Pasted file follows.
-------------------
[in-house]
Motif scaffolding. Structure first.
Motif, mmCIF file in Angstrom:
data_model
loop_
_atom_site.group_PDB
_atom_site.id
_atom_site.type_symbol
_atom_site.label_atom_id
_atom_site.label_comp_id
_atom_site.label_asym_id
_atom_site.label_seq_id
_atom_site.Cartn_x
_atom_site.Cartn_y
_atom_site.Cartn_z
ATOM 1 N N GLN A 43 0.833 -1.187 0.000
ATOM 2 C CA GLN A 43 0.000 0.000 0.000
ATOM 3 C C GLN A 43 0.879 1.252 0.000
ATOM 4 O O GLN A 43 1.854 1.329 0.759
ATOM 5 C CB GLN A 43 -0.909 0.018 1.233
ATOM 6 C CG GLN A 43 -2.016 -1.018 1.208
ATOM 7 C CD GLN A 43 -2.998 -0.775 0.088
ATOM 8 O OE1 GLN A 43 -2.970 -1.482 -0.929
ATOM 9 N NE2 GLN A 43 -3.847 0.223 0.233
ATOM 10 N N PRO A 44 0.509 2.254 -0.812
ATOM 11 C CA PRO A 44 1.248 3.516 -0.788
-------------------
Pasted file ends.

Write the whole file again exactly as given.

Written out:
[in-house]
Motif scaffolding. Structure first.
Motif, mmCIF file in Angstrom:
data_model
loop_
_atom_site.group_PDB
_atom_site.id
_atom_site.type_symbol
_atom_site.label_atom_id
_atom_site.label_comp_id
_atom_site.label_asym_id
_atom_site.label_seq_id
_atom_site.Cartn_x
_atom_site.Cartn_y
_atom_site.Cartn_z
ATOM 1 N N GLN A 43 0.833 -1.187 0.000
ATOM 2 C CA GLN A 43 0.000 0.000 0.000
ATOM 3 C C GLN A 43 0.879 1.252 0.000
ATOM 4 O O GLN A 43 1.854 1.329 0.759
ATOM 5 C CB GLN A 43 -0.909 0.018 1.233
ATOM 6 C CG GLN A 43 -2.016 -1.018 1.208
ATOM 7 C CD GLN A 43 -2.998 -0.775 0.088
ATOM 8 O OE1 GLN A 43 -2.970 -1.482 -0.929
ATOM 9 N NE2 GLN A 43 -3.847 0.223 0.233
ATOM 10 N N PRO A 44 0.509 2.254 -0.812
ATOM 11 C CA PRO A 44 1.248 3.516 -0.788